Vital Signs

Revisiting Brideshead

It seems to me that in the present phase of European history the essential issue is no longer between Catholicism, on one side, and Protestantism, on the other, but between Christianity and Chaos. . . .

Today we can see it on all sides as the active negation of all that western culture has stood for.  Civilization—and by this I do not mean talking cinemas and tinned food, nor even surgery and hygienic houses, but the whole moral and artistic organization of Europe—has not in itself the power of survival.  It came into being through Christianity, and without it has no significance or power to command allegiance.  The loss of faith in Christianity and the consequential lack of confidence in moral and social standards have become embodied in the ideal of a materialistic, mechanized state. . . . It is no longer possible . . . to accept the benefits of civilization and at the same time deny the supernatural basis upon which it rests.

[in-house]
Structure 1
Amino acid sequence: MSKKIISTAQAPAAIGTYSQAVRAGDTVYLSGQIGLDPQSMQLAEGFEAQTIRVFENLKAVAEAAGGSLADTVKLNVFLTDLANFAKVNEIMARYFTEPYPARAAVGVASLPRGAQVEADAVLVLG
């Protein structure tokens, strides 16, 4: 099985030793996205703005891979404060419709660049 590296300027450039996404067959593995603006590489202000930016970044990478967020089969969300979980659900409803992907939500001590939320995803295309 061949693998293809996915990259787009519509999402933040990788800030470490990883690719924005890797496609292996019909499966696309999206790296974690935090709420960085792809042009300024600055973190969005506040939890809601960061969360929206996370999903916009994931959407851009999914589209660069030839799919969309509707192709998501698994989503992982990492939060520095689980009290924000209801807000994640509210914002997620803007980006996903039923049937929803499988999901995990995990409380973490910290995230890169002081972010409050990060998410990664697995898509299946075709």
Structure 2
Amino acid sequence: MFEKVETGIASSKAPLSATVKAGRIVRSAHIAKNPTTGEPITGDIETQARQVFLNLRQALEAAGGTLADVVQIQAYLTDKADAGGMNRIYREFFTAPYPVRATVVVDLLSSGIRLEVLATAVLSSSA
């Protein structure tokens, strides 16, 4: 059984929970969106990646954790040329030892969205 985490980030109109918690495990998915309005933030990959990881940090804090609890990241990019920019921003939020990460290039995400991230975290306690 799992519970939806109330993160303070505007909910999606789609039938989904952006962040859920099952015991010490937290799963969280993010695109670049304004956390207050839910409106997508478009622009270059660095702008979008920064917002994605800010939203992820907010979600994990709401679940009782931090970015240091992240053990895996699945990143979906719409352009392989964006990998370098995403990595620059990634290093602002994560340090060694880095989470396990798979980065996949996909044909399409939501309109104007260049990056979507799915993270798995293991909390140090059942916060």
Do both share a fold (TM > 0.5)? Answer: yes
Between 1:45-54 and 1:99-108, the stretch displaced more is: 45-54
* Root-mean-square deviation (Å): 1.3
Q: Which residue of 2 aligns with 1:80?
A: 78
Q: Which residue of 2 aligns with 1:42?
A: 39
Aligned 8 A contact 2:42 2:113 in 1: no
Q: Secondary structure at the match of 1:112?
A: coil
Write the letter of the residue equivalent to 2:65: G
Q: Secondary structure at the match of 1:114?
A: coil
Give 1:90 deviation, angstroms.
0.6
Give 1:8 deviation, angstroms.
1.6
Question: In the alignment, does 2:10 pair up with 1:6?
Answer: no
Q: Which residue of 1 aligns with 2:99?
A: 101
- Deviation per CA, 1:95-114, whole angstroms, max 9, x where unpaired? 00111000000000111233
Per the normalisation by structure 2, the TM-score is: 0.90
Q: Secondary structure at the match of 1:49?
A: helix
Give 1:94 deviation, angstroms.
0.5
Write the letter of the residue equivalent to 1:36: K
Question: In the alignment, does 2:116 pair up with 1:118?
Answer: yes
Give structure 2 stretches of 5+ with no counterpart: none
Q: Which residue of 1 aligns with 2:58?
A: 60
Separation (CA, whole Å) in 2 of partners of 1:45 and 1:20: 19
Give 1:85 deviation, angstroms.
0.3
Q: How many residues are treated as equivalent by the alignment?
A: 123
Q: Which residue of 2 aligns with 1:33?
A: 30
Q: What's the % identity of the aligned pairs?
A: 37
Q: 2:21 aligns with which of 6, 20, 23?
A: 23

These fighting words, written by the novelist Evelyn Waugh in an article entitled “Converted to Rome: Why It Has Happened to Me,” were published in October 1930 in Britain’s Daily Express.  Waugh’s full-page banner-headlined article followed two leading articles in the Express discussing the significance of his recent reception into the Catholic Church.  On the day after the publication of Waugh’s...

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